August 27, 2012

When Eurasians got lighter skin

My default position is to doubt all molecular dates until I understand how they were derived. Nonetheless, these results seem broadly consistent with the idea that Eurasian modern humans got lighter as their ancestors moved into more northern latitudes of the Old World and replaced Neandertals and others earlier Eurasian occupants, and then they got really lighter post-LGM, and then some got really really lighter with mutations in genes such as SLC24A4 (not studied here).

I suppose we will really find out who got what mutation when only through ancient DNA.

Mol Biol Evol (2012) doi: 10.1093/molbev/mss207

The timing of pigmentation lightening in Europeans

Sandra Belezal et al.

The inverse correlation between skin pigmentation and latitude observed in human populations is thought to have been shaped by selective pressures favoring lighter skin in order to facilitate vitamin D synthesis in regions far from the equator. Several candidate genes for skin pigmentation have been shown to exhibit patterns of polymorphism that overlap the geospatial variation in skin color. However, little work has focused on estimating the timeframe over which skin pigmentation has changed and on the intensity of selection acting on different pigmentation genes. To provide a temporal framework for the evolution of lighter pigmentation, we used forward Monte Carlo simulations coupled with a rejection sampling algorithm to estimate the time of onset of selective sweeps and selection coefficients at four genes associated with this trait in Europeans: KITLG, TYRP1, SLC24A5, and SLC45A2. Using compound haplotype systems consisting of rapidly evolving microsatellites linked to one SNP in each gene, we estimate that the onset of the sweep shared by Europeans and East Asians at KITLG occurred about 30,000 years ago, after the out-of-Africa migration, while the selective sweeps for the European-specific alleles at TYRP1, SLC24A5, and SLC45A2 started much later, within the last 11,000-19,000 years, well after the first migrations of modern humans into Europe. We suggest that these patterns were influenced by recent increases in size of human populations, which favored the accumulation of advantageous variants at different loci.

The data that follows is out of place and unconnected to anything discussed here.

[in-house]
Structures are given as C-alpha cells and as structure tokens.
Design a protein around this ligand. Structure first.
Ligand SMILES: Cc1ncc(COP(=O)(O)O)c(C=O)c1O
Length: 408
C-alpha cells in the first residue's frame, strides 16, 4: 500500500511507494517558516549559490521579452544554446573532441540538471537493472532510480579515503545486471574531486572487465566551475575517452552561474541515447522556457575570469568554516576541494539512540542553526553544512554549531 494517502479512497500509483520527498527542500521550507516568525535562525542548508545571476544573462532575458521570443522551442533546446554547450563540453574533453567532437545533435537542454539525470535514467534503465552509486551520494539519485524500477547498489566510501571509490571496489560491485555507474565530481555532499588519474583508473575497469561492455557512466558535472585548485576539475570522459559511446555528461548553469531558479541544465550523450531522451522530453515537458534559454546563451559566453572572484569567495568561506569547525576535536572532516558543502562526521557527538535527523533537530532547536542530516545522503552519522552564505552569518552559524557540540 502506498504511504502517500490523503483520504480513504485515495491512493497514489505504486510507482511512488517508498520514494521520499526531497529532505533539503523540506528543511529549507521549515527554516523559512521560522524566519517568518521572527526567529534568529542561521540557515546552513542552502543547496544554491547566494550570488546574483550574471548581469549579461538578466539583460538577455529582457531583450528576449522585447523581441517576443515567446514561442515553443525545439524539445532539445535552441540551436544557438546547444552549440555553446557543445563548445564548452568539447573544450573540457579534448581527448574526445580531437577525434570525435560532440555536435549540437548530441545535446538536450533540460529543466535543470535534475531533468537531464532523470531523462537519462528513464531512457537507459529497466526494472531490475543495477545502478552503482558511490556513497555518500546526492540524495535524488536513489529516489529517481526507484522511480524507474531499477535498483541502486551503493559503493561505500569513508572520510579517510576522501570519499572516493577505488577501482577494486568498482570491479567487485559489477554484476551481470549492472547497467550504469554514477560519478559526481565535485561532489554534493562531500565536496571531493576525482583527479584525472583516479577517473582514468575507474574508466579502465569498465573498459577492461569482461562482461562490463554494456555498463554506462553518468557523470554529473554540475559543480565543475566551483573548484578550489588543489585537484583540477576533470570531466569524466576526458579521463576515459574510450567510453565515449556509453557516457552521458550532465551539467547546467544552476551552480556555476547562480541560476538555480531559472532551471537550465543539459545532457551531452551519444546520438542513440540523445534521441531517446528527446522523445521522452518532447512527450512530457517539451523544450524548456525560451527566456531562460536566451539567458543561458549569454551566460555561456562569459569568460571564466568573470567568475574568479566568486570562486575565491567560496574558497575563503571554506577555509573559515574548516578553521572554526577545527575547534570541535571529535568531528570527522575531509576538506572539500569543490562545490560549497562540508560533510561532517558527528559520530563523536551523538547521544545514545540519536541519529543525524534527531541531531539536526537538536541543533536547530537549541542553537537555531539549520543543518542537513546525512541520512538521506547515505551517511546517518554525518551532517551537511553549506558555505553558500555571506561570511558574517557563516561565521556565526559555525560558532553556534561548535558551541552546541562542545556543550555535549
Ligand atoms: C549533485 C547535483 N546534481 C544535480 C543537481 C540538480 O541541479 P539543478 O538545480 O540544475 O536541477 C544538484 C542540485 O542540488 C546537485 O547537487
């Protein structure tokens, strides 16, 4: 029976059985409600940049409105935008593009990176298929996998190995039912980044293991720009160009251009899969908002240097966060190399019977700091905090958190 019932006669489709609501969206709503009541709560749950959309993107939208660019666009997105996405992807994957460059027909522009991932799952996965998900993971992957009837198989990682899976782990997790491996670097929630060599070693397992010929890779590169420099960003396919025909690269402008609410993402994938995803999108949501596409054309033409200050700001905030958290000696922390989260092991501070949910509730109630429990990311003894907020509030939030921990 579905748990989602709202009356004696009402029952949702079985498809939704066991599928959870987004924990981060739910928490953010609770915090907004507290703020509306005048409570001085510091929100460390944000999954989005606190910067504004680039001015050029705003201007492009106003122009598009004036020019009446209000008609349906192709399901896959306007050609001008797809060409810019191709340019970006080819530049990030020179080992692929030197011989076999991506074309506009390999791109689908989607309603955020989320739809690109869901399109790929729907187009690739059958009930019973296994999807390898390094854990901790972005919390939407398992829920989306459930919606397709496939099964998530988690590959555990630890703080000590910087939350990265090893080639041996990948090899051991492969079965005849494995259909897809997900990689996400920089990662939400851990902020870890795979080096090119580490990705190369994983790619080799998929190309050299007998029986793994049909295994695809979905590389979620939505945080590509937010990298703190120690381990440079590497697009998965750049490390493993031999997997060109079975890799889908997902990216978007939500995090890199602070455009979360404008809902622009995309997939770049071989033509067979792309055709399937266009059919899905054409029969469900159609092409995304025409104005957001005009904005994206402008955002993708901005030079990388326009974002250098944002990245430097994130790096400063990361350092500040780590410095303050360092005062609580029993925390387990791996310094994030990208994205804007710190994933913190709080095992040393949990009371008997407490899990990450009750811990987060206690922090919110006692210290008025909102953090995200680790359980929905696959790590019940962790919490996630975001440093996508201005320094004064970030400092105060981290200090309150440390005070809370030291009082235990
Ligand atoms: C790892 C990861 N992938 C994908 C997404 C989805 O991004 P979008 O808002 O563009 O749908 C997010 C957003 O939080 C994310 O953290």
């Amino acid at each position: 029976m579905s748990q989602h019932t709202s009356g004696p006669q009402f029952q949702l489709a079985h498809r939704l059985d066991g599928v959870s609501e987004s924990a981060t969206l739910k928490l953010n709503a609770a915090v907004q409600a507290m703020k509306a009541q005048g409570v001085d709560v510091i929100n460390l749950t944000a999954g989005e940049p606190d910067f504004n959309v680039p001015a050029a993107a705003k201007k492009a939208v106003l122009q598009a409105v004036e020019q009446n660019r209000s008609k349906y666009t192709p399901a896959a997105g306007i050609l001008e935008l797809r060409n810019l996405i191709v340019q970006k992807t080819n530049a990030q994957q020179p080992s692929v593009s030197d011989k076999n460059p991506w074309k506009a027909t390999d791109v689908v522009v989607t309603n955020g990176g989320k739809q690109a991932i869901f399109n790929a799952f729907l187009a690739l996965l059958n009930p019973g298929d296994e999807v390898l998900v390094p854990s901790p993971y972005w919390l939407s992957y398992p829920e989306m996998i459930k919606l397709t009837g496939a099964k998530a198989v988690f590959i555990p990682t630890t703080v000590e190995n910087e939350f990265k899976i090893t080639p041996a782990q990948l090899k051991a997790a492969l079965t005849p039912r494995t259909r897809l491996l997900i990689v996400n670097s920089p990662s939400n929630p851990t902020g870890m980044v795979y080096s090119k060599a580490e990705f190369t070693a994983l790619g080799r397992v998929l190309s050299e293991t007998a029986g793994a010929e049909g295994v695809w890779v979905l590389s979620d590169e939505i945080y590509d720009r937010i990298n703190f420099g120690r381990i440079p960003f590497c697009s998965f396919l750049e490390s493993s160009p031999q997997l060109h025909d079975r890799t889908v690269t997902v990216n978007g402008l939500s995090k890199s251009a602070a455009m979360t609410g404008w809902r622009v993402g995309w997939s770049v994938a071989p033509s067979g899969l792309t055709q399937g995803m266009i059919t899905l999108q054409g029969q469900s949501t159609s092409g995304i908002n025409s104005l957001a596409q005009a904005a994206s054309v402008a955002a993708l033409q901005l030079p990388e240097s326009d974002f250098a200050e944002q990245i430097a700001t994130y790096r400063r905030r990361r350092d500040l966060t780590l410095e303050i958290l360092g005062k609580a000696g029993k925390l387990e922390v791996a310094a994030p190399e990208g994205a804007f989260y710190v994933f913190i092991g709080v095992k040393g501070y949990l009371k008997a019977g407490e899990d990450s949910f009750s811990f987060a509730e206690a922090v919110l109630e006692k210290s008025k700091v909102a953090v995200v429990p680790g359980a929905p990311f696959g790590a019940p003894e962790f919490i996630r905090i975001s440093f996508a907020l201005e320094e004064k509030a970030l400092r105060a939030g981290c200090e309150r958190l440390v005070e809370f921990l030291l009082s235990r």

Link

5 comments:

Solís said...

Interesting.

I really see no reason why humans living in the southern and central parts of Europe during the Last Glacial Period would have had brown skin instead of an olive type of skin color. Though I'm still sure they had dark hair and brown eyes.

So, this paper pushes back the appearance of really light skin to before the dawn of the Neolithic. It seems that the LGM acted as a natural selector of sorts and made humans develop lighter skin after it ended.

It also seems that agriculture is no longer an explanation for the appearance of fair traits.

wagg said...

Solis: "I really see no reason why humans living in the southern and central parts of Europe during the Last Glacial Period would have had brown skin instead of an olive type of skin color. Though I'm still sure they had dark hair and brown eyes."

Since the highest frequency of light eyes, hair and skin in north Africa is also where (in the Moroccan Rif) were found many "west eurasian" mtDNA haplogroups possibly having a link with Europe for a non-negligible number of them (Kefi et al. 2005, study about the Taforalt population more than 12,000 yrs ago) in populations having a Cro-magnon-like morphology (Mechtoids) and having likely a cultural link with Iberia (Ibero-maurusian culture/Oranian culture), present during the Paleolithic period, I definitely wouldn't want to be too sure of anything in that matter, as of now.

Dr Rob said...

Yes, but what about when others developed 'darker' skin ??

eurologist said...

Multiply the dates by a factor of two or so, and they become more believable.

Skin color is so highly variable and selected for - there's no reason humans stuck around tens of thousands of years with the "wrong" color (for their geography). Native Americans demonstrate this nicely.

Tobus said...


Native Americans demonstrate this nicely.

How so?